The rest of this section will now be devoted to the proof of
%
%
\begin{prop}[Szeg\"o limit formula]
\label{Szegoe}
Let $\hat H$ be a quantum Hamiltonian with symbol $H\in\scl^0(m)$, where
$m\geq 1$, that fulfills the properties 1.--4. of section \ref{sec2}. If
then $\hat B$ is an observable with symbol $B\in\scl^0(1)$ and principal
symbol $B_0$, the following Szeg\"o limit formula holds,
%
\begin{equation}
\label{Szego}
\lim_{\hbar\to 0}\,\frac{1}{N_I}\sum_{E_k\in I(E,\hbar)} \langle\psi_k,
\hat B\psi_k\rangle = \frac{1}{n}\,\mtr\mu_E (B_0) \ .
\end{equation}
%
\end{prop}
%
%
\begin{proof}
In principle we adopt the method presented in \cite{DimSjo99}, and modify
it appropriately where necessary. Let us first recall that if $g\in
C_0^\infty (\rz)$ is suitably chosen, with $g(\la)=\la$ on a neighbourhood
of the interval $I(E,\hbar)$, the operator $g(\hat H)$ has the same
spectrum in $I(E,\hbar)$ as $\hat H$ itself. Furthermore, the symbol
$H_g\in\scl^0 (1)$ of $g(\hat H)$ has an asymptotic expansion that coincides
on $H_{0,s}^{-1}(I(E,\hbar))$ with that of $H$. Since below we are
localising in energy to the interval $I(E,\hbar)$ so that we can consider
$g(\hat H)$ instead of $\hat H$, from now on we simply suppose that
$H\in\scl^0 (1)$.
Let now $\chi\in C_0^\infty (\rz)$ be given with $\chi\equiv 1$ on
$I(E,\hbar)$ and such that the spectrum of $\hat H$ in supp $\chi$ is
discrete. This might require to choose $\hbar$ small enough. Then consider
the (energy localised) quantum mechanical time evolution operator
%
\begin{equation}
\hat U_\chi (t) := \ue^{-\frac{\ui}{\hbar}\hat H t}\,\chi(\hat H) \ .
\end{equation}
%
Up to an error of order $O(\hbar^\infty)$ in trace norm, this operator
can be approximated by a semiclassical Fourier integral operator with
kernel
%
\begin{equation}
\label{Fourior}
K_\chi (\vecx,\vecy,t) = \frac{1}{(2\pi\hbar)^d}\int_{\rz^d} a_\hbar
(\vecx,\vecy,t,\vecxi)\,\ue^{\frac{\ui}{\hbar}(S(\vecx,\vecxi,t)-
\vecxi\cdot\vecy)}\ \ud\xi \ ,
\end{equation}
%
if $|t|$ is small enough (see, e.g., \cite{DimSjo99}). We remark that here
the amplitude $a_\hbar$ takes values in $\kz^{n\times n}$, thus it also
represents the internal (i.e.\ spin) degrees of freedom. As explained in
\cite{BolKep99a}, the phase $S$ in (\ref{Fourior}) is then given as the
solution of the Hamilton-Jacobi equation
%
\begin{equation}
H_{0,s}\bigl(\partial_x S(\vecx,\vecxi,t),\vecx\bigr) + \partial_t S
(\vecx,\vecxi,t) = 0 \ ,\qquad S(\vecx,\vecxi,0) = \vecx\cdot\vecxi \ .
\end{equation}
%
In leading semiclassical order the transport equation for $a_\hbar\sim
a_0 +\hbar\,a_1 +\dots$ can be solved by a separation of the internal
degrees of freedom from the translational ones. The latter lead to the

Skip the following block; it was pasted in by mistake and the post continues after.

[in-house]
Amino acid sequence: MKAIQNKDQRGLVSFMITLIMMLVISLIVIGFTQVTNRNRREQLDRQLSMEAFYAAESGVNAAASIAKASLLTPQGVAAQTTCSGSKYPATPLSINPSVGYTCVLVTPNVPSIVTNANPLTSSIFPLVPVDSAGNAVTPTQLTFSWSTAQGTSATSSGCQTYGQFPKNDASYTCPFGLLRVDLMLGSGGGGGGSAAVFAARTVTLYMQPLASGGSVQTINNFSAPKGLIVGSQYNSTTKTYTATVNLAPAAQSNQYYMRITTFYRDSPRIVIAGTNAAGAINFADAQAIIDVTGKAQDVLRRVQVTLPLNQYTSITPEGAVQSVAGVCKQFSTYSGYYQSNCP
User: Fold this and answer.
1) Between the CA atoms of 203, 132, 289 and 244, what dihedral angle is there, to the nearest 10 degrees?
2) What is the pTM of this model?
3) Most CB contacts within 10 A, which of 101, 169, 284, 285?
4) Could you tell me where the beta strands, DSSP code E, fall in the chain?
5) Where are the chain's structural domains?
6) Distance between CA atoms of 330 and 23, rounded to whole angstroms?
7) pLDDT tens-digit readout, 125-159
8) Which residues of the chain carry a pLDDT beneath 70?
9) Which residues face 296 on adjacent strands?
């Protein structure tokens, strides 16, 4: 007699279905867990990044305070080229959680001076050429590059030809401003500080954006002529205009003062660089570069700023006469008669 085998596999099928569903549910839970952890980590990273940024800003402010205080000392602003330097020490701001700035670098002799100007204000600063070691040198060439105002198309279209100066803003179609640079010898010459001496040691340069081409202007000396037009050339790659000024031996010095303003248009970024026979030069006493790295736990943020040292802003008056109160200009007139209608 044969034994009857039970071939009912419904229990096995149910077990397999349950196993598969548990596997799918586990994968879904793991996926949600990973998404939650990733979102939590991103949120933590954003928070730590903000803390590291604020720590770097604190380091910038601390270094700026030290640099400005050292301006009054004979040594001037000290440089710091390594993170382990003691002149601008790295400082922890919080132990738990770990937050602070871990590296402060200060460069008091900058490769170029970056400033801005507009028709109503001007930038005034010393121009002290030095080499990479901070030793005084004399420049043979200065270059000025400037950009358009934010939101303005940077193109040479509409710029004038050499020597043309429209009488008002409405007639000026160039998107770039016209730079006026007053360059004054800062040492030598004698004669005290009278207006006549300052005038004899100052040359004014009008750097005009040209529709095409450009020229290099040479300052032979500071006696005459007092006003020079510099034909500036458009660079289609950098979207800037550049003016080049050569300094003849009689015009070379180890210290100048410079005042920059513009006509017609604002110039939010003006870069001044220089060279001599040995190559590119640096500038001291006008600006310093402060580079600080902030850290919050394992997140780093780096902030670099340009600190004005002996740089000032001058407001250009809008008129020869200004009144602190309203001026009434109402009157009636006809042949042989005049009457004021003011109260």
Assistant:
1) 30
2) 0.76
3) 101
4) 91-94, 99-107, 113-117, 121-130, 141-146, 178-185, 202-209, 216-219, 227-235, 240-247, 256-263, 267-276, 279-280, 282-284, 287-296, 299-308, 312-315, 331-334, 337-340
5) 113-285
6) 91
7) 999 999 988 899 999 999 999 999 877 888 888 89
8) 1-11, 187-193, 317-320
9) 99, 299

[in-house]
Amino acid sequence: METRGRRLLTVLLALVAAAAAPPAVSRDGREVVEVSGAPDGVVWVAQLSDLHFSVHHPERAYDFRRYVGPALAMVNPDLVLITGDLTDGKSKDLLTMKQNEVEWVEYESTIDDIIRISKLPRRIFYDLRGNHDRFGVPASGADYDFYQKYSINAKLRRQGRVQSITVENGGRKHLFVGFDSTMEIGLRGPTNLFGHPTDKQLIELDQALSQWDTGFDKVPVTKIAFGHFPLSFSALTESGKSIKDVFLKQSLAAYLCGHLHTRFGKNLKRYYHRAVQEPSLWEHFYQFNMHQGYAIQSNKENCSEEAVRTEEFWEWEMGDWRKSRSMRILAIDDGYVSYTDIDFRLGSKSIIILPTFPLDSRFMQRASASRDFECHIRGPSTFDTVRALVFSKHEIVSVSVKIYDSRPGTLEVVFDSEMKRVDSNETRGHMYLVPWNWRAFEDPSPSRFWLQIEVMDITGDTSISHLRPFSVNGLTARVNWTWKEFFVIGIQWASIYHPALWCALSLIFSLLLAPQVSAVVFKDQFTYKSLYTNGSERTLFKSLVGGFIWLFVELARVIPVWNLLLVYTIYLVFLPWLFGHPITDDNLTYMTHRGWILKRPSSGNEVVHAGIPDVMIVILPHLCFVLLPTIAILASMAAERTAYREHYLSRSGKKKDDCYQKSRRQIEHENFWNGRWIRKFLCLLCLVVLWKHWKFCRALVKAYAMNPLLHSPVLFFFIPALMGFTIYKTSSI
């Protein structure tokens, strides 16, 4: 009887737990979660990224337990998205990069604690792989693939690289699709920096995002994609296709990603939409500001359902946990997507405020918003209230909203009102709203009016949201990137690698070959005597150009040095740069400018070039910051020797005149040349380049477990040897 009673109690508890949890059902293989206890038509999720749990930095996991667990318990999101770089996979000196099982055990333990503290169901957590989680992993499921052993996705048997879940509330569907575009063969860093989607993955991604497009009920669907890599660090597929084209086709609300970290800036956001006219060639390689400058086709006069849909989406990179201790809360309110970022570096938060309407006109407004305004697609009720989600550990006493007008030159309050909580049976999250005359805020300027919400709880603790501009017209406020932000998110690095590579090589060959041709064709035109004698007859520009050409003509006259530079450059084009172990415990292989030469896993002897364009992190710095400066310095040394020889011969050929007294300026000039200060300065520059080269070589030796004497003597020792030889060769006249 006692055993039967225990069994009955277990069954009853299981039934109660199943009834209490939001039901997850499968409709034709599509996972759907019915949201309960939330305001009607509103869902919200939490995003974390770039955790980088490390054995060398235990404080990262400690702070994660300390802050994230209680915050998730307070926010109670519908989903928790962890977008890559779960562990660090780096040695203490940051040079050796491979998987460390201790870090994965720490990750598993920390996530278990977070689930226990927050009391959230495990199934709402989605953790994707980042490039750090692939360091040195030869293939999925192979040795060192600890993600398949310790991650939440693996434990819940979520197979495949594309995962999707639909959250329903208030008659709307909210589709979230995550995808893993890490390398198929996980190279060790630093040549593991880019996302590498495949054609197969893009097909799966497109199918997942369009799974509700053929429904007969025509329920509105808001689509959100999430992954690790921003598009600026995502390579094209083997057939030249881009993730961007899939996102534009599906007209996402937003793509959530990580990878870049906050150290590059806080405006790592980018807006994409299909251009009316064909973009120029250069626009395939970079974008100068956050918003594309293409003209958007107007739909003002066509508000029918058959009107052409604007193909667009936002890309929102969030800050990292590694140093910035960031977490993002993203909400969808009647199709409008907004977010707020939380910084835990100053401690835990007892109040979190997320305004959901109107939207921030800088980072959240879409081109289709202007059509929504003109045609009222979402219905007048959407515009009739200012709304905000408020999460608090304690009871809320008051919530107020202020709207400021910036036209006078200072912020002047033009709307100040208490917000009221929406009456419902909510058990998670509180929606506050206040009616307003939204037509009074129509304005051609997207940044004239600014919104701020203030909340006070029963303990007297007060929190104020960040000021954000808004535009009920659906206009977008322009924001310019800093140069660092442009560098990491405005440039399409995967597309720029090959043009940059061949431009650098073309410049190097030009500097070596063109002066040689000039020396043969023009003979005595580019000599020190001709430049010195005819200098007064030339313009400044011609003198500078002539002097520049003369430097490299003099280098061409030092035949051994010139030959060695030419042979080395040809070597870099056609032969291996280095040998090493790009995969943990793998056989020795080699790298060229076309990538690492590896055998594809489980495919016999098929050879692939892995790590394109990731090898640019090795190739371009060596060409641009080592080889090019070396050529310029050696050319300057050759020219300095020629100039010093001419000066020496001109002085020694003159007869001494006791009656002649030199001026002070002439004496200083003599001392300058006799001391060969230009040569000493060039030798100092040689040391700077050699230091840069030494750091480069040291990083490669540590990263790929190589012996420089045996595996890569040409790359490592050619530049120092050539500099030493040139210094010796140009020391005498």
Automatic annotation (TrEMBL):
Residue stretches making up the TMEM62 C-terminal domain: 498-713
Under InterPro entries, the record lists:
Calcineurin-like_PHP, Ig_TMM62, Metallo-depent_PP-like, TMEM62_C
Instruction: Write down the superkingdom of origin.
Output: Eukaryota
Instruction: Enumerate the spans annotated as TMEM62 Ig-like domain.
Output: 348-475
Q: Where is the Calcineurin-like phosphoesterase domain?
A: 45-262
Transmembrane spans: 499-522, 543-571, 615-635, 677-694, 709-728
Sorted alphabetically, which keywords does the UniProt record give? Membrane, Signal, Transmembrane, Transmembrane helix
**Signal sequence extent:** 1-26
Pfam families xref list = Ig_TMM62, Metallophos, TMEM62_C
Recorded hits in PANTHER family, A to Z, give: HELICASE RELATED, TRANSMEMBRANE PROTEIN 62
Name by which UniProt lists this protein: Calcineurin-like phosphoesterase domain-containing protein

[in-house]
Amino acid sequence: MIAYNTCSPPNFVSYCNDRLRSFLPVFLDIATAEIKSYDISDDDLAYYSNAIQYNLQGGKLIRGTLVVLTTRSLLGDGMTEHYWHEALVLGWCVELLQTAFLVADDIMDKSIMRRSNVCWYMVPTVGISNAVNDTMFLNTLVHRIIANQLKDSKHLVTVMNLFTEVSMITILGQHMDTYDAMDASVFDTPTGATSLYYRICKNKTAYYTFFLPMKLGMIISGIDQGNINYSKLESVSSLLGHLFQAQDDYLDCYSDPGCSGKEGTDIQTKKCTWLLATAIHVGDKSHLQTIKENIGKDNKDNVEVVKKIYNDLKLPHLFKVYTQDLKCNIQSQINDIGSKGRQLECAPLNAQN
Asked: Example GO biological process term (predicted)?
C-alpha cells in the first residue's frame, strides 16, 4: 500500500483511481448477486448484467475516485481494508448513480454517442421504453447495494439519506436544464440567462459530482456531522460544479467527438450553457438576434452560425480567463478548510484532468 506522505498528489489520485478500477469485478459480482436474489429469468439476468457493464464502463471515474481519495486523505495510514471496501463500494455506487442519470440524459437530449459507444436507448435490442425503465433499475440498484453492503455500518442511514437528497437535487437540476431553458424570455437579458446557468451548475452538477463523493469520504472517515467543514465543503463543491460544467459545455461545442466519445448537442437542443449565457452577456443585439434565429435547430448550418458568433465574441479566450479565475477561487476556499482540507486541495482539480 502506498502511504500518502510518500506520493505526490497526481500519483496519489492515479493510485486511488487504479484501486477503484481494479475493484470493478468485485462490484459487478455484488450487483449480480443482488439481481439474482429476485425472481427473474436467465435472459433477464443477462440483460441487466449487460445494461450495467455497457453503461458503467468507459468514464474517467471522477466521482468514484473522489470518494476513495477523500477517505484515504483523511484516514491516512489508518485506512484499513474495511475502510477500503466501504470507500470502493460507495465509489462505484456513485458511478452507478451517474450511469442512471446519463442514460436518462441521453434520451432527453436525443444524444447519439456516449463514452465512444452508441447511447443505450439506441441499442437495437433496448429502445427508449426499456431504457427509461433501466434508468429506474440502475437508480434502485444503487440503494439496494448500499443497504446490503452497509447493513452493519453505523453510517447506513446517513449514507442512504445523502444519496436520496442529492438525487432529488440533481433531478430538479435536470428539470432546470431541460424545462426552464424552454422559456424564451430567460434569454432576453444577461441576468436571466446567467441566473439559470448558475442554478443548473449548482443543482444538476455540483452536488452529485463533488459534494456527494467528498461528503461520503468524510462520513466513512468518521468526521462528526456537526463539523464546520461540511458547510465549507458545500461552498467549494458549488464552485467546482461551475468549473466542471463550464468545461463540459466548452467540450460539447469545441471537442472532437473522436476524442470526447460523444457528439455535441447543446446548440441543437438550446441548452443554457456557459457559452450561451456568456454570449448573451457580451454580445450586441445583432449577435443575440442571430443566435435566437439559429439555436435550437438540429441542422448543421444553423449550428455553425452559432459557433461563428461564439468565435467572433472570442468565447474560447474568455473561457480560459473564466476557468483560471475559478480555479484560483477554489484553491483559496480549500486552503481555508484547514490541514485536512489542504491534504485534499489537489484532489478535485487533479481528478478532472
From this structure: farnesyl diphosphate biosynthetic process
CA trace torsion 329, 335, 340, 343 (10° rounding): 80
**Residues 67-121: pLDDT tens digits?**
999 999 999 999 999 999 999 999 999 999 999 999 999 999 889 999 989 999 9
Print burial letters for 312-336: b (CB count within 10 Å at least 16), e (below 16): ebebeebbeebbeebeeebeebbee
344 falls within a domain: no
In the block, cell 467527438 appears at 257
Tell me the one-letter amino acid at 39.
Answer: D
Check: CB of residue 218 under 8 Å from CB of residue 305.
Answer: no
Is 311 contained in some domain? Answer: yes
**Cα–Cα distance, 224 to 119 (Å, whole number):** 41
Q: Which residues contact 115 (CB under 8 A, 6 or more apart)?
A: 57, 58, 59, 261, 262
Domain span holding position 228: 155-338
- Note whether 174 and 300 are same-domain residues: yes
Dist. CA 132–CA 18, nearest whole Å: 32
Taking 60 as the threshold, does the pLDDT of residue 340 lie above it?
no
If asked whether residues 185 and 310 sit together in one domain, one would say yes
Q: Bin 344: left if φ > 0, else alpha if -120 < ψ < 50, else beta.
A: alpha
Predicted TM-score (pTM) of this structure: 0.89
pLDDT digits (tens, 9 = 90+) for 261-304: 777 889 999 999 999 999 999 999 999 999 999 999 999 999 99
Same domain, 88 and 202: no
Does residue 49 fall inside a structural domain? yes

expression known from the scalar case (see, e.g., \cite{DimSjo99}),
whereas the modifications required by the matrix character of $a_0$
are provided by the solution $d(\vecp,\vecx,t)$ of (\ref{spintrans}),
see \cite{BolKep99a}. For the present purpose, however, one only needs the
initial condition $a_\hbar|_{t=0}=\chi(H_{0,s})\eins_n+O(\hbar)$.
In a next step we consider $\rho\in C^\infty(\rz)$ with Fourier transform
$\tilde\rho\in C_0^\infty(\rz)$ such that
%
\begin{equation}
\tr\frac{1}{2\pi}\int_\rz \tilde\rho(t)\,\ue^{\frac{\ui}{\hbar}Et}\,\hat B
\,\hat U_\chi(t)\ \ud t = \sum_k\chi(E_k)\,\langle\psi_k,\hat B\psi_k\rangle
\,\rho\left(\frac{E_k -E}{\hbar}\right) \ ,
\end{equation}
%
where $\tr\,(\cdot)$ denotes the operator trace on $L^2(\rz^d)\otimes\kz^n$.
Approximating $\hat U_\chi(t)$ with the help of (\ref{Fourior}), in leading
semiclassical order one then has to calculate
%
\begin{equation}
\label{scInt}
\frac{1}{2\pi\,(2\pi\hbar)^d}\int_{\rz}\int_{\rz^d}\int_{\rz^d}
\tilde\rho(t)\,\mtr\bigl(B_0(\partial_x S,\vecx)\,a_0 (\vecx,\vecx,t,\vecxi)
\bigr)\,\ue^{\frac{\ui}{\hbar}(S(\vecx,\vecxi,t)-\vecxi\cdot\vecx+Et)}\
\ud\xi\,\ud x\,\ud t
\end{equation}
%
with the method of stationary phase. The stationary points of the phase
$S(\vecx,\vecxi,t)-\vecxi\cdot\vecx+Et$ are given by $(\vecxi_{st},\vecx_{st},
t_{st})\in\rz^d\times\rz^d\times\rz$ such that $(\vecxi_{st},\vecx_{st})
\in\Om_E$ is a periodic point of the Hamiltonian flow $\Phi^t$ with
period $t_{st}$. Since we have assumed that $E$ is not a critical value
for $H_{0,s}$, the periods of $\Phi^t$ on $\Om_E$ do not accumulate at
zero, see \cite{Rob87}. Hence, if the support of $\tilde\rho$ is chosen
small enough, the
manifold of critical points contributing to (\ref{scInt}) is given by
$\Om_E\times\{0\}$. In analogy to \cite{BolKep99a} we thus obtain
%
\begin{equation}
\label{scWeyl}
\sum_k\chi(E_k)\,\langle\psi_k,\hat B\psi_k\rangle\,\rho\left(
\frac{E_k -E}{\hbar}\right) = \chi(E)\,\frac{\tilde\rho(0)}{2\pi}
\frac{\vol\Om_E}{(2\pi\hbar)^{d-1}}\,\bigl( \mtr\mu_E(B_0)